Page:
The Holy Spirit and the Breath of Jesus

You can’t feel someone’s breath unless you are very close to their body. It might happen when you might lean in to hear an ailing relative whisper their last words. It could be the immediate aftermath of a kiss between lovers—or in some cultures, a peck on the cheek among friends. Or it could be the experience of a mother cradling her newborn child.

To feel someone’s breath is a basic experience of intimacy that is grounded in our bodily senses.

We sometimes forgot the sheer physicality of breath in reading the story of Jesus breathing on his disciples in John 16. Listen again to the gospel account with this aspect in mind:

On the evening of that first day of the week, when the doors were locked, where the disciples were, for fear of the Jews, Jesus came and stood in their midst and said to them, “Peace be with you.” When he had said this, he showed them his hands and his side. The disciples rejoiced when they saw the Lord. Jesus said to them again, “Peace be with you. As the Father has sent me, so I send you.” And when he had said this, he breathed on them and said to them, “Receive the Holy Spirit. Whose sins you forgive are forgiven them, and whose sins you retain are retained” (John 20:19-23, all translations NAB Rev. Ed. unless otherwise noted).

Think about how close the disciples must have been to Jesus to feel His breath upon them. This encounter, while seemingly understated in contrast to the dramatic display at Pentecost, illustrates a profound truth: our experience of the Holy Spirit is dependent on our nearness to Christ.

Augustine recognized this. “Let them become the body of Christ, if they wish to live by the Spirit of Christ. None lives by the Spirit of Christ but the body of Christ,” he declared in a sermon on the Bread of Life discourse in John 6.

Here Augustine is cautioning against those Christians who would be spiritual but not religious—that is, those who proclaim to follow Christ but do not want to belong to His Church. As Bishop Robert Barron once said, “It’s like saying, ‘I like you, but I just don’t want to be around your body.’”

Augustine is relying on an analogy with the human person. Each of us, he says, is a soul and body. The body lives by virtue of the soul, which is an invisible spirit, according to Augustine. So also with the Body of Christ: “Would you then also live by the Spirit of Christ. Be in the body of Christ. For surely my body does not live by your spirit. My body lives by my spirit, and your body by your spirit. The body of Christ cannot live but by the Spirit of Christ.”

Here Augustine has taken us to the converse point: just as we must be in the Body of Christ to receive the Spirit of Christ, so also, the Spirit helps us to be in the Body. Recall, after all, that God Incarnate was conceived by the Holy Spirit. Likewise with his mystical body: it is the Holy Spirit that causes us to be reborn in baptism and it is the Holy Spirit that makes Christ present to us in the Eucharist.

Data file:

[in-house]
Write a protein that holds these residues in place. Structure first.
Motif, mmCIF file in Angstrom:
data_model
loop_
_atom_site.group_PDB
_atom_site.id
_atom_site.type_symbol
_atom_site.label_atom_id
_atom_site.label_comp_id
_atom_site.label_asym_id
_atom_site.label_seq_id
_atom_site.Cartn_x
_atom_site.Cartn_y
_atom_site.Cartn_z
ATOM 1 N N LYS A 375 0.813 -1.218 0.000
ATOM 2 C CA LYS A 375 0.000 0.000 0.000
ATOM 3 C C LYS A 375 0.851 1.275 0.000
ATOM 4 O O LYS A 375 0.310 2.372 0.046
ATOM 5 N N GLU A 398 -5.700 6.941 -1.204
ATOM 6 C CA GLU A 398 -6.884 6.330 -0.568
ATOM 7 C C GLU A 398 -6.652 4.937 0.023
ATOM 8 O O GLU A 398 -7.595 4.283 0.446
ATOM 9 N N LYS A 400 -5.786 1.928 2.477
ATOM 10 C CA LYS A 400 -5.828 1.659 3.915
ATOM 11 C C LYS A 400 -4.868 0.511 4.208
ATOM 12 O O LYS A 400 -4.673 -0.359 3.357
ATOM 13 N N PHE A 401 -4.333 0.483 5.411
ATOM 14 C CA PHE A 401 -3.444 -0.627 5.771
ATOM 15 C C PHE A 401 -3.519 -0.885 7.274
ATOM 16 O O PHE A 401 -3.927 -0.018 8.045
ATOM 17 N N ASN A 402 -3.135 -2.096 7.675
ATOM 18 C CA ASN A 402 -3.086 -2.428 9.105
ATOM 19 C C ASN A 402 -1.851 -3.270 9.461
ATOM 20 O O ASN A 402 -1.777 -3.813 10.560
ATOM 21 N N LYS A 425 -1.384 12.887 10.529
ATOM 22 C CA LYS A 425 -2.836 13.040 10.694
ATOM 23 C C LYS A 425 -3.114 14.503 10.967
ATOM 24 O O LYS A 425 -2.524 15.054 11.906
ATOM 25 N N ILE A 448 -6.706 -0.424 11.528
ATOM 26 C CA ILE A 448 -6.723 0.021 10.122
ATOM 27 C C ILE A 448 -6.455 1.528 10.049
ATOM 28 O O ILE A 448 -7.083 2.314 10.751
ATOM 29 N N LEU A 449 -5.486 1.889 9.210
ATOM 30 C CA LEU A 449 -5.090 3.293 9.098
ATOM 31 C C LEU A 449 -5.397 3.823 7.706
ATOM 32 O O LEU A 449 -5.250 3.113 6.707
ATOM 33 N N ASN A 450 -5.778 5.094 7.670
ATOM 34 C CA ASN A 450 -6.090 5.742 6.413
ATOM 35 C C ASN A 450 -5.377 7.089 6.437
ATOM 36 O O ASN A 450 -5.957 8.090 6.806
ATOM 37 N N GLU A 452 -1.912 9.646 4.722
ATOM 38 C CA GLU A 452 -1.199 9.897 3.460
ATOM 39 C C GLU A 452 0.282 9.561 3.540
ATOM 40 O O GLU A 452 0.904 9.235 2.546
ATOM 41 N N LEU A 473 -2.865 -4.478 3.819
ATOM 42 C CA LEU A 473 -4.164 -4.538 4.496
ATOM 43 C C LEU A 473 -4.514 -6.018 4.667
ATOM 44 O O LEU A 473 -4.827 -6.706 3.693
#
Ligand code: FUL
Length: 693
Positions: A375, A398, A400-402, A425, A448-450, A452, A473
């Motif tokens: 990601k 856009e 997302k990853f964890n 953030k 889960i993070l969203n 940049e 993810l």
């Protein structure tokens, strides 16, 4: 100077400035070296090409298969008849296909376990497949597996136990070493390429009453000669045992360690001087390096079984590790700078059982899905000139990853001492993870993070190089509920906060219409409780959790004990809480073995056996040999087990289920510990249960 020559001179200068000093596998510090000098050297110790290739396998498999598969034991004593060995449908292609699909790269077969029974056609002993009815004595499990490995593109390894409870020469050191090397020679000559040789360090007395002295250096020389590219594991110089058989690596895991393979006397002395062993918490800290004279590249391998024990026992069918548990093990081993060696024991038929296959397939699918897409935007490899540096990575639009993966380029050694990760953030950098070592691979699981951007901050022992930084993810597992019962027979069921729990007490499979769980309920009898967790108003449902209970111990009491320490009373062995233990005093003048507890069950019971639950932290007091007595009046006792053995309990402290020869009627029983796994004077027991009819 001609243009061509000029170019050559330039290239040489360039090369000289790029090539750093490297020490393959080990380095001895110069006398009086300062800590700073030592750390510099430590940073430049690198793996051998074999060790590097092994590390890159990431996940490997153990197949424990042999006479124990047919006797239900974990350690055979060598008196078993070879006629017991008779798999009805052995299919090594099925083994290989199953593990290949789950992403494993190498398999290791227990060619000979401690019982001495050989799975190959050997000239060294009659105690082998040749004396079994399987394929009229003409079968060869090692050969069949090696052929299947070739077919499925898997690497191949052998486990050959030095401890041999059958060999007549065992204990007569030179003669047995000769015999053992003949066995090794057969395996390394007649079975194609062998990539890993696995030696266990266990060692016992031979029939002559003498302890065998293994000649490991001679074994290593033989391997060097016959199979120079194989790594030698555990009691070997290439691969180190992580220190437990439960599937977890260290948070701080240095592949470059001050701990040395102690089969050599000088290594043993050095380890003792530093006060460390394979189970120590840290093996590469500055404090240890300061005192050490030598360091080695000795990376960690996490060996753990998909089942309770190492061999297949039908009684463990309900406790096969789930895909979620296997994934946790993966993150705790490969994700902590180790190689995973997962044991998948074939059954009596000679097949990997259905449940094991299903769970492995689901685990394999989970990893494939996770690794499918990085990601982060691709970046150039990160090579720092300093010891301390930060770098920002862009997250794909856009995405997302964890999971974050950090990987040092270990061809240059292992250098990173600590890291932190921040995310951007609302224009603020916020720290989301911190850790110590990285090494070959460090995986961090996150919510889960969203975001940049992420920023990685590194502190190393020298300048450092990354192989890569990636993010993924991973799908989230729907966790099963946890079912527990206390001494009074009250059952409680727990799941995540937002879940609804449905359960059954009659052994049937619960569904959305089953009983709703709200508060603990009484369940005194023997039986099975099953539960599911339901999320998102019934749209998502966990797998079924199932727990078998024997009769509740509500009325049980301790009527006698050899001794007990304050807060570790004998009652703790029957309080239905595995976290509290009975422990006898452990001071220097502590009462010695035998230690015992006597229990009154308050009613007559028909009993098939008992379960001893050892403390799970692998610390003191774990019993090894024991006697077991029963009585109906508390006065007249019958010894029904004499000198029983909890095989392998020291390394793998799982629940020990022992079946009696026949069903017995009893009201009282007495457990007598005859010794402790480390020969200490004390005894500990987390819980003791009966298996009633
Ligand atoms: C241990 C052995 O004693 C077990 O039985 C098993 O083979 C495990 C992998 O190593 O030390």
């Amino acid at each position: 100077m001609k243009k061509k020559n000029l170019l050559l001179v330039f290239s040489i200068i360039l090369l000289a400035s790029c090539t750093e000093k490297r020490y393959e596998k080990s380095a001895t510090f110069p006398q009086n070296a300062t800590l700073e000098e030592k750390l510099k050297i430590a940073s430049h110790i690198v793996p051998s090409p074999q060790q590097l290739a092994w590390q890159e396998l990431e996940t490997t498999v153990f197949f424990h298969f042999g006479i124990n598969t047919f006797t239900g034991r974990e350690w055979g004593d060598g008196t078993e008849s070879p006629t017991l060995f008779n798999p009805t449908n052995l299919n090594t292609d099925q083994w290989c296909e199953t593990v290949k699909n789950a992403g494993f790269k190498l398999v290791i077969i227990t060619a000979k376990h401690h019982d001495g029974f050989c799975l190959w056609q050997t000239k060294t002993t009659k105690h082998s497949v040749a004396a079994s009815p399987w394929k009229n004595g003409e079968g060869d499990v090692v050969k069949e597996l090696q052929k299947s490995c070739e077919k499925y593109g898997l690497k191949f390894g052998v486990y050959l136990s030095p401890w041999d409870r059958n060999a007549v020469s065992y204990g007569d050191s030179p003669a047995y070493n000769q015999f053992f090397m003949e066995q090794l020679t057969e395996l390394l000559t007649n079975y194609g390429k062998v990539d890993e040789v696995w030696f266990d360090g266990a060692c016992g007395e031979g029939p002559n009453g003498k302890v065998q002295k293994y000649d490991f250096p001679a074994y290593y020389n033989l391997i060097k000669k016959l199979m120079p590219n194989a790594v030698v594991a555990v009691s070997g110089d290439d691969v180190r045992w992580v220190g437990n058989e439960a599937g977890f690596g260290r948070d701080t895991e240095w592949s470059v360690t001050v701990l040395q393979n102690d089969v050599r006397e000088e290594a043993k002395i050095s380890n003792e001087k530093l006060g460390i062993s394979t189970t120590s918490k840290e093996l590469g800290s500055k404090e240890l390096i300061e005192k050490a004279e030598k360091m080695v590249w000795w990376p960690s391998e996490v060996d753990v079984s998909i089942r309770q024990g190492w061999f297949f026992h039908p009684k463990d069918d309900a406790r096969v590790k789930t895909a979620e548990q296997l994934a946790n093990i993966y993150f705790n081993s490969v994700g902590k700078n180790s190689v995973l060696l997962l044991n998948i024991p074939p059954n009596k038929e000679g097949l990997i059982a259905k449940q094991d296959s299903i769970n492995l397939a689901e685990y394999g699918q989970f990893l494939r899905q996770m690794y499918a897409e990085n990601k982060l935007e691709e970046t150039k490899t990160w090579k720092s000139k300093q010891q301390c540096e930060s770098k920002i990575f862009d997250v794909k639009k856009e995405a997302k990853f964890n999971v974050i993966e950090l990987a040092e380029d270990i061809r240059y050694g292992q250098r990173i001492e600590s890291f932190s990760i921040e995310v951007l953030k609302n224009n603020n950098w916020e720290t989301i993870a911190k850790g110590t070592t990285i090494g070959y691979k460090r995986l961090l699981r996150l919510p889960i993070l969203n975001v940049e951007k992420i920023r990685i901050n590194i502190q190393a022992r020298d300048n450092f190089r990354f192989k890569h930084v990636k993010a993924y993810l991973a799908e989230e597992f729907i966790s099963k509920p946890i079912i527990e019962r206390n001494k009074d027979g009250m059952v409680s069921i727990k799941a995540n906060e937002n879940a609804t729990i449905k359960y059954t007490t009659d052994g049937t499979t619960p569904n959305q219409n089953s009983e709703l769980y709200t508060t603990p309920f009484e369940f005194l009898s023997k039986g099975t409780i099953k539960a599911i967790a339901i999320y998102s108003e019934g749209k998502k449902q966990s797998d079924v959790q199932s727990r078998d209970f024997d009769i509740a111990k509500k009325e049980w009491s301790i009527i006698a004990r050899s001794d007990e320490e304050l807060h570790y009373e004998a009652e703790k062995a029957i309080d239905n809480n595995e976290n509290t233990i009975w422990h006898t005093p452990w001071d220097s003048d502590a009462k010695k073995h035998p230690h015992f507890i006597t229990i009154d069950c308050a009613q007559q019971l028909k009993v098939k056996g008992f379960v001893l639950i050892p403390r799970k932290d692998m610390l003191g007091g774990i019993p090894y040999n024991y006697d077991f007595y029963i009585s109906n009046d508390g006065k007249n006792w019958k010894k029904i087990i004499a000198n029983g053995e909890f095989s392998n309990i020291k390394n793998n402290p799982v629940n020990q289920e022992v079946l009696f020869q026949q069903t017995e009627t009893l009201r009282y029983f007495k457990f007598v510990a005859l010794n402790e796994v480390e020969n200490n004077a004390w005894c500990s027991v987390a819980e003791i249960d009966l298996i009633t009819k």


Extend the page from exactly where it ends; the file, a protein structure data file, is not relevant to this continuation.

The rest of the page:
Again, it is the Holy Spirit that brings us to faith in Christ and fills us with grace. In the words of the catechism:

The Spirit prepares men and goes out to them with His grace, in order to draw them to Christ. The Spirit manifests the risen Lord to them, recalls His word to them and opens their minds to the understanding of His Death and Resurrection.

The biblical image of the Holy Spirit as the breath of Christ is connected to the Incarnation in a special way. In the Incarnation, God, who is eternal, took upon Himself our mortal nature, down to our hair skin and bones, all of which, under normal circumstances, are subject to death and decay. Of course, that’s not what happened with God Incarnate. His bodily resurrection therefore gives comfort to use that our perishable flesh will one day see eternity.

This promise is extended and reinforced through the Holy Spirit. Again, it is most striking that the Spirit is depicted as breath. Because what could be more indicative of the passing, ephemeral nature of a human being then his breath? As Psalm 39:6 puts it, “My life is as nothing before you. Every man is but a breath.” And Psalm 144:4, “Man is but a breath, his days are like a passing shadow.”

In the Holy Spirit then, an emblem of our mortality is transformed into one of eternity, just as the Holy Spirit Himself will transform our human existence so that we become partakers of the divine life.

image: Renata Sedmakova / Shutterstock.com

Stephen Beale

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Stephen Beale is a freelance writer based in Providence, Rhode Island. Raised as an evangelical Protestant, he is a convert to Catholicism. He is a former news editor at GoLocalProv.com and was a correspondent for the New Hampshire Union Leader, where he covered the 2008 presidential primary. He has appeared on Fox News, C-SPAN and the Today Show and his writing has been published in the Washington Times, Providence Journal, the National Catholic Register and on MSNBC.com and ABCNews.com. A native of Topsfield, Massachusetts, he graduated from Brown University in 2004 with a degree in classics and history. His areas of interest include Eastern Christianity, Marian and Eucharistic theology, medieval history, and the saints. He welcomes tips, suggestions, and any other feedback at bealenews at gmail dot com. Follow him on Twitter at https://twitter.com/StephenBeale1

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